Sunday, August 27, 2017


What did I think of Celine, by Peter Heller? It's a 2017 release by a Colorado author.

In a word, ARRGGHHH!

It was so frustrating because the premise was fabulous, the setting sublime, some of the writing pretty good, but there were so many problems with this book that I ended up giving it only 2 stars on GoodReads.

Here's the Amazon blurb:
Working out of her jewel box of an apartment at the base of the Brooklyn Bridge, Celine has made a career of tracking down missing persons, and she has a better record at it than the FBI. But when a young woman, Gabriela, asks for her help, a world of mystery and sorrow opens up. Gabriela's father was a photographer who went missing on the border of Montana and Wyoming. He was assumed to have died from a grizzly mauling, but his body was never found. Now, as Celine and her partner head to Yellowstone National Park, investigating a trail gone cold, it becomes clear that they are being followed--that this is a case someone desperately wants to keep closed. Inspired by the life of Heller’s own remarkable mother, a chic and iconoclastic private eye, Celine is a deeply personal novel, a wildly engrossing story of family, privilege, and childhood loss. Combining the exquisite plotting and gorgeous evocation of nature that have become his hallmarks, Peter Heller gives us his finest work to date.
Great premise, right? Great setting, right? I love both Yellowstone and NYC. And a non-traditional private eye is always good, right?

My biggest problem with the novel is that I really didn't like Celine very much. I didn't believe in her as a character--way too perfect.  Celine is basically Nancy Reagan turned Nancy Drew.

In addition to having nerves of steel, a gut she can rely on to steer her towards the right answer, and a brilliant mind, she is successful artist (marrying "beauty with death") and a strong swimmer and sailor. She is also elegant, petite, beautifully mannered, poised. Even when Heller tried to give her some faults, he managed to make them annoyingly perfect. She's not just an alcoholic--she's the one in AA who everyone wants to be their sponsor.  Yes, she has emphysema from smoking, but her lungs clear when she is focused on solving a case.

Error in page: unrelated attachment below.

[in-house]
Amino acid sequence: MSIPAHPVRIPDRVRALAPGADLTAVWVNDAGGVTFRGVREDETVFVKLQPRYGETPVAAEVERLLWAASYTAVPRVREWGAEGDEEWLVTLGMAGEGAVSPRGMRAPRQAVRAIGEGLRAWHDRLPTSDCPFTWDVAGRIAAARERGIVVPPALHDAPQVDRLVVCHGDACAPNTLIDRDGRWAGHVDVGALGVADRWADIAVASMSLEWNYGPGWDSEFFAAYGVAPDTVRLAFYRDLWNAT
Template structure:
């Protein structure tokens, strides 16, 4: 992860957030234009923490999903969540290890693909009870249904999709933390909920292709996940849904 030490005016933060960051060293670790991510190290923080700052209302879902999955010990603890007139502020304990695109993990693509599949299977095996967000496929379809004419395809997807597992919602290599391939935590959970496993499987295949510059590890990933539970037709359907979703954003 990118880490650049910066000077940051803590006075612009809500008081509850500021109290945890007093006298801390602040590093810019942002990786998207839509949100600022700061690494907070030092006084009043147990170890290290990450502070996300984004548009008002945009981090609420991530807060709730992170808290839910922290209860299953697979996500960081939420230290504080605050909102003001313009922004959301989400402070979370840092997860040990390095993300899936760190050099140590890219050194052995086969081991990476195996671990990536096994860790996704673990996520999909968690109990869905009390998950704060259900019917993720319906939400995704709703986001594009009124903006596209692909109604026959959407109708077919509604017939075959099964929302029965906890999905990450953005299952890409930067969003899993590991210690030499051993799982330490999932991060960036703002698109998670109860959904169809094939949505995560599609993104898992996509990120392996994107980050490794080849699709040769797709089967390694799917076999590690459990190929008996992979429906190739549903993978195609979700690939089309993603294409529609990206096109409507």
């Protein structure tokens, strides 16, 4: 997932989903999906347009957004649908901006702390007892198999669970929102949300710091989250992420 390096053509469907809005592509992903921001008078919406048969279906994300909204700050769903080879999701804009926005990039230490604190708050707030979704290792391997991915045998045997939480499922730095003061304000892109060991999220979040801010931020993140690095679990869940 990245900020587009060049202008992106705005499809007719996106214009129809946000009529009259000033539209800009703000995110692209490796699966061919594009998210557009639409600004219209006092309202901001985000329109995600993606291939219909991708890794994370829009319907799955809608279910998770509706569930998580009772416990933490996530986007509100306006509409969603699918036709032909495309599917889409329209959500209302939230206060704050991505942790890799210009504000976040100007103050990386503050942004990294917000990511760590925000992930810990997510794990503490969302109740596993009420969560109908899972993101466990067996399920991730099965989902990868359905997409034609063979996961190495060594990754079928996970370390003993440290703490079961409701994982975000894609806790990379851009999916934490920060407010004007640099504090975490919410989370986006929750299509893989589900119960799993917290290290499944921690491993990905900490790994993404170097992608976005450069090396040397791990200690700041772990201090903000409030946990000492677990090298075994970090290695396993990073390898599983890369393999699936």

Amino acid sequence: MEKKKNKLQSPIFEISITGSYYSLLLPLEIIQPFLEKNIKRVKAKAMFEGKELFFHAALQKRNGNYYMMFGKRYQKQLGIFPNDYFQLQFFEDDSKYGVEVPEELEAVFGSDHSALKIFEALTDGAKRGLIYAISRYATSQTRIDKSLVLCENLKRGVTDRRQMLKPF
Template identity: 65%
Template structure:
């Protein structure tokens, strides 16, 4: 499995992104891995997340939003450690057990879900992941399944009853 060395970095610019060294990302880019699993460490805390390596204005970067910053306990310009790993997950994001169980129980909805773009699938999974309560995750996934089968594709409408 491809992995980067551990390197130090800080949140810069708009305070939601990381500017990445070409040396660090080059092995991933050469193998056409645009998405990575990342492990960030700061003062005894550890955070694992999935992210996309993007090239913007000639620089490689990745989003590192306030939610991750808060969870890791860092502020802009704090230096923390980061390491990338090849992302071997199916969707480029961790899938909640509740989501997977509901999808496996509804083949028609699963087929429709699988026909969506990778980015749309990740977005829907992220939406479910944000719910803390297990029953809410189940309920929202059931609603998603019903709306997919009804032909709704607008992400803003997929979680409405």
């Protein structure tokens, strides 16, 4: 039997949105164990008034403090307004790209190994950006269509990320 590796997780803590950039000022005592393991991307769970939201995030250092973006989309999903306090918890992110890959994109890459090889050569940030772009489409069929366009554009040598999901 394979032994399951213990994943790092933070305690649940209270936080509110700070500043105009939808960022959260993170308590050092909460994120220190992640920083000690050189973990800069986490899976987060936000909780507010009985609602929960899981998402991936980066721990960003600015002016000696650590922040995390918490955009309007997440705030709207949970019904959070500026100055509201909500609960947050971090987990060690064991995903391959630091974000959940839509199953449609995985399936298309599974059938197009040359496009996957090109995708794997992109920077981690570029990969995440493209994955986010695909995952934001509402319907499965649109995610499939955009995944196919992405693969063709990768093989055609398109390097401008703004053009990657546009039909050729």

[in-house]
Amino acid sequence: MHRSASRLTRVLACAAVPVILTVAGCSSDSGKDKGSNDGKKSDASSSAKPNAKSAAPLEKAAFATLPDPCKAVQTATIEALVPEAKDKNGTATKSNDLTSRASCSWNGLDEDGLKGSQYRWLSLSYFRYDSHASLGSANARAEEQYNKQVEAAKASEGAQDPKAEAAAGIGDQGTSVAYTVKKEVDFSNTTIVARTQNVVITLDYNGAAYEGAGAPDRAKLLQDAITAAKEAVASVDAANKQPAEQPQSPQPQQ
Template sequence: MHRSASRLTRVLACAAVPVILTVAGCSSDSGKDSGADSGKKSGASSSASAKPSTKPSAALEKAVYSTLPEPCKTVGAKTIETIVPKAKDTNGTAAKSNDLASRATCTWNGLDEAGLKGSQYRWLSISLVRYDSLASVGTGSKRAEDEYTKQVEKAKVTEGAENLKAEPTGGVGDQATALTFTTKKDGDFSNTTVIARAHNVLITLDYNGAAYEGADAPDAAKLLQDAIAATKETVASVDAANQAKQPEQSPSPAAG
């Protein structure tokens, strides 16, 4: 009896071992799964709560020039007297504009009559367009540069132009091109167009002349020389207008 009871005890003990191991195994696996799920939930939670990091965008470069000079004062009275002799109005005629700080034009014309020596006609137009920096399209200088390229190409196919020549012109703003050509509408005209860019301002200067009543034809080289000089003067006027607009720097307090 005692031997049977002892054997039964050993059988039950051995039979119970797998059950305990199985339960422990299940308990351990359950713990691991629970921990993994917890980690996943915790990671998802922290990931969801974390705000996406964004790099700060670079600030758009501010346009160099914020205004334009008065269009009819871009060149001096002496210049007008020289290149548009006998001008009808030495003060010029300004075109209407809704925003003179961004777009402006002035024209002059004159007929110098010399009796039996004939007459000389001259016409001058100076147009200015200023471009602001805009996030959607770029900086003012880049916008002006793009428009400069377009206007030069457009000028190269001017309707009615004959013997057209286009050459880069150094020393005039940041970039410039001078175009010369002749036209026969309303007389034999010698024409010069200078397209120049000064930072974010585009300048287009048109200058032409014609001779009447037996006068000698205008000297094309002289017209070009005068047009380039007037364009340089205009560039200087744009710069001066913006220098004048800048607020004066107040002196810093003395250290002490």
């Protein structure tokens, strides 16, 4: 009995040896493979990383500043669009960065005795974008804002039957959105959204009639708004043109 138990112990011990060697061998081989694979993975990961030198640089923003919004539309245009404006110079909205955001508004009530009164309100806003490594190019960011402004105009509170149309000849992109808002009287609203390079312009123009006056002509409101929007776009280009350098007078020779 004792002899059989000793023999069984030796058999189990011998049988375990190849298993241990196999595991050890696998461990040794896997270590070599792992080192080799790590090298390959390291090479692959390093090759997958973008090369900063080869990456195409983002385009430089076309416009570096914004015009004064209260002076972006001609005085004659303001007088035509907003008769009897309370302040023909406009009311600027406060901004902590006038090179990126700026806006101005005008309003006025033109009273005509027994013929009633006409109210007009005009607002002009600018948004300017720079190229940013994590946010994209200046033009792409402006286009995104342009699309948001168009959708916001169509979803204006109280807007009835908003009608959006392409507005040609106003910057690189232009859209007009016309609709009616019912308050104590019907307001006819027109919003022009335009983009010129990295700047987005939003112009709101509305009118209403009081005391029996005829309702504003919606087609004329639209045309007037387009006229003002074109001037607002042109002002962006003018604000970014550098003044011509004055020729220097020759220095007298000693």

And she is in love with guns. I could forgive her for everything else but I cannot forgive her for lusting, literally lusting, after everything from an antique Colt to semi-automatic weapons. Heller teases the reader by withholding the part of her backstory that explains why she is such a crack shot--I smell a series in the making--but I found her fondling of firearms to be nauseating. And she's a PI who specializes in reuniting birth parents/children--not exactly the type of work that requires the guns that she and her husband tote all over the country.

The narrator insists on how smart and saavy Celine is, but by my reckoning her husband, Pete (aka Pa) actually figured out most of the case and left out-shooting a former Navy SEAL (give me a break!) to his wife. Apparently, Celine has a better track record than the FBI, but based on the actual detective work on evidence in Celine, I don't buy it.

Oh, and there's a particularly ridiculous scene in which Celine confronts a group of Sons of Silence bikers in a bar and makes them whimper out the door. It truly reminded me of the movie Every Which Way But Loose and the scene with the Black Widow gang.

The Black Widows - Every Which Way But Loose

The best thing about Celine is Heller's description of Yellowstone as Celine and Pete drive around while they try to figure out how to find out if Gabriela's father is actually dead or not.  This made me really want to go back up to Yellowstone, one of my favorite places on Earth!

Apparently, Heller has been enormously successful with his two previous novels,  The Dog Stars and The Painter.  For me, I think Celine would have benefited enormously from severe editing. The problem with being a best-selling author is that I think that success makes them eschew a good editing.

It's really a shame because this could've been such a great book....ARRGGHH!


  1. I agree that the premise of the book sounds intriguing. Too bad that it was disappointing.

    I agree that characters that are too virtuous are boring and do not make great characters.

  2. I agree if you don't bond with the detective in a mystery novel (and particularly a mystery series) the book itself not worth reading Good point too about how an editor could have caught some of this.

  3. She does seem a bit Nancy Drew-ish. Why the Nancy Reagan however? Did she just say "NO" to alcohol? Or does she have a fabulous wardrobe?

    Interesting that this is the second time in three days that Peter Heller has popped up on my radar, the first being a podcast where The Dog Stars was highly lauded but after looking at some goodreads reviews, I am not sure if his writing style is for me.

    Thanks for the blast from the past to Every Which Way But Loose. I haven't seen it since, but I LOVED that movie as a kid!

    1. Nancy Reagan was petite, well turned out, and fairly steely. I was trying to think who I would cast as Celine, and Nancy Reagan popped into my head.

  4. Oh, no! That's too bad. Celine doesn't sound like a character I'd like very much either.

  5. That is a shame - the premise does sound fantastic. It's hard though when the character does not live up to expectation or just plan unbelievable. Great review.

  6. Oh no! Sounds dreadful! I had high hopes for this one but I think I will take it off my list. I had read his two earlier novels & liked them enough (though a bit macho-ism in both) but they were suspenseful. This one sounds blech. Thanks for letting me know. I will take a pass. I'm glad you warned me. Too bad for Yellowstone!